Rice announced his retirement Wednesday, which came as quite a shock to many fans. But injuries have taken a toll on Rice, and a history of concussions had become a concern.
He is one of the most respected and well-liked players in the Seahawks' locker room, but the truth is Rice had a tough road ahead of him in making the team this season. He could see what was happening around him.
The Seahawks drafted two talented receivers in speedster Paul Richardson and polished Alabama wideout Kevin Norwood. They signed free agents Chris Matthews and Taylor Price and are bringing a total of 12 receivers to training camp. Ricardo Lockette was a standout in minicamp.
With only six spots -- at the most -- available, Rice was 50/50 to make the team. And he was coming off ACL surgery from the middle of last season. The fact he doesn’t play special teams also hurt his chances.
The Seahawks released Rice in the spring to save more than $7 million in salary-cap space. He was a free agent who could have signed with any team, but big offers didn’t come and he returned for a base salary of $1 million.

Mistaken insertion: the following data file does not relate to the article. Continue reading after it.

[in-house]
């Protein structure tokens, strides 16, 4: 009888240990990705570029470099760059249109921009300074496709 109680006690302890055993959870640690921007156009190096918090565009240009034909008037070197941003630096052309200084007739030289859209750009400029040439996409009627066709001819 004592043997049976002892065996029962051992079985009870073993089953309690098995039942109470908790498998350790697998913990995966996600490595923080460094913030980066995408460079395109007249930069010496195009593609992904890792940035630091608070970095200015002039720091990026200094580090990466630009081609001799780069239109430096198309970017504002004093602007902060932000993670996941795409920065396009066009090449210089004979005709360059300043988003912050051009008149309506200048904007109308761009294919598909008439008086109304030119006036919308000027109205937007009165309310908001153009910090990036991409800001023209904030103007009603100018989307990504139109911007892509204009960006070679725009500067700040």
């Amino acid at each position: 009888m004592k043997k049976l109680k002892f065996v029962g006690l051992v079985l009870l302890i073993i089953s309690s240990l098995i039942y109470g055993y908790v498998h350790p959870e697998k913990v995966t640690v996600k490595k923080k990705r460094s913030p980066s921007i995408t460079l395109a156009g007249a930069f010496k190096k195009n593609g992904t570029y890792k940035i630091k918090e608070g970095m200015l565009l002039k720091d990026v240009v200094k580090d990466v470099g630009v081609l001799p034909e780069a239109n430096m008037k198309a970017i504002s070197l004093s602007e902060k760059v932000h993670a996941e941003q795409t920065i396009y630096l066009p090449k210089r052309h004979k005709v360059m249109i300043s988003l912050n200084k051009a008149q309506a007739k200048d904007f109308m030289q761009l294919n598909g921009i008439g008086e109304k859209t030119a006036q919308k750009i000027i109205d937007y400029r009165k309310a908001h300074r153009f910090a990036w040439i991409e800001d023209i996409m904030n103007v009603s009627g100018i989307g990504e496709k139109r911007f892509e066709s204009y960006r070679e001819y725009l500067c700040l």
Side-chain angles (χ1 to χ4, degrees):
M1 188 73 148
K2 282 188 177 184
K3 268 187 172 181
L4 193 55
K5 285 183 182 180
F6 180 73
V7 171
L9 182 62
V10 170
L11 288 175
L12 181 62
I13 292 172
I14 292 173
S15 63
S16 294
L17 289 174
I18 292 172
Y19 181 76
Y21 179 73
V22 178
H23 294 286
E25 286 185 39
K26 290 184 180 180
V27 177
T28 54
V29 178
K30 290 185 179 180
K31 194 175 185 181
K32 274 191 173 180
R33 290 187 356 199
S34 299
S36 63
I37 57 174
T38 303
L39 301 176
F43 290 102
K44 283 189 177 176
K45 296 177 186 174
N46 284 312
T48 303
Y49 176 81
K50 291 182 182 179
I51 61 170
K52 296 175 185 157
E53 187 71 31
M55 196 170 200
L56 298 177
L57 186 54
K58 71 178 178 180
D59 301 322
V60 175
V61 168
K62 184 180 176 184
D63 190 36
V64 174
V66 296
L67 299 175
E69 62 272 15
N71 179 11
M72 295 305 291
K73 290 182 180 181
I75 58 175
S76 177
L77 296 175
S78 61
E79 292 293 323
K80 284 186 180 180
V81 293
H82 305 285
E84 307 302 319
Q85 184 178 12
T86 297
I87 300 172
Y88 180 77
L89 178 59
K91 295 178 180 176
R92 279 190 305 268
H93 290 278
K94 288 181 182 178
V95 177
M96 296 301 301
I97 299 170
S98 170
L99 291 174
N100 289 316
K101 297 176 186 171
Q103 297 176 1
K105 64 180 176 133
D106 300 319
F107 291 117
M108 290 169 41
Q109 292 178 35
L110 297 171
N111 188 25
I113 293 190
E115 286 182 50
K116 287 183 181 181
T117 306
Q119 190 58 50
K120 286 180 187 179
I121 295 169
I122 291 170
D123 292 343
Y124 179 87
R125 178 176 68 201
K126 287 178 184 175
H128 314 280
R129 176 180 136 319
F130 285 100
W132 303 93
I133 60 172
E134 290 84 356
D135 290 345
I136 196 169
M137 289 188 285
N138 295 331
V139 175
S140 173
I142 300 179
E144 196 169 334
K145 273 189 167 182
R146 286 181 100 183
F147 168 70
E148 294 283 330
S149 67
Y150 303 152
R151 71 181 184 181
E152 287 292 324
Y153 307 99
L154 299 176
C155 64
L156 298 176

The fact the Seahawks made any offer to Rice shows how much they respect him, hoping he still could fill the role as the team’s big receiver. But Norwood (6-foot-2, 200 pounds) looks more than capable of handling those duties, even though he’s smaller than Rice (6-4, 200). Matthews (6-5, 220), who was the rookie of the year in the CFL two seasons ago, will get an opportunity there as well.
So Rice came to the wise conclusion that his NFL days probably are over. He plans to stay in the Seattle area as a businessman. He is opening five Wingstop franchises, the first of which already has opened in Tacoma, Washington.
It’s a shame more players don’t end their career this way rather than continuing and playing at a greatly reduced performance level. Rice had no intention of just trying to hold on.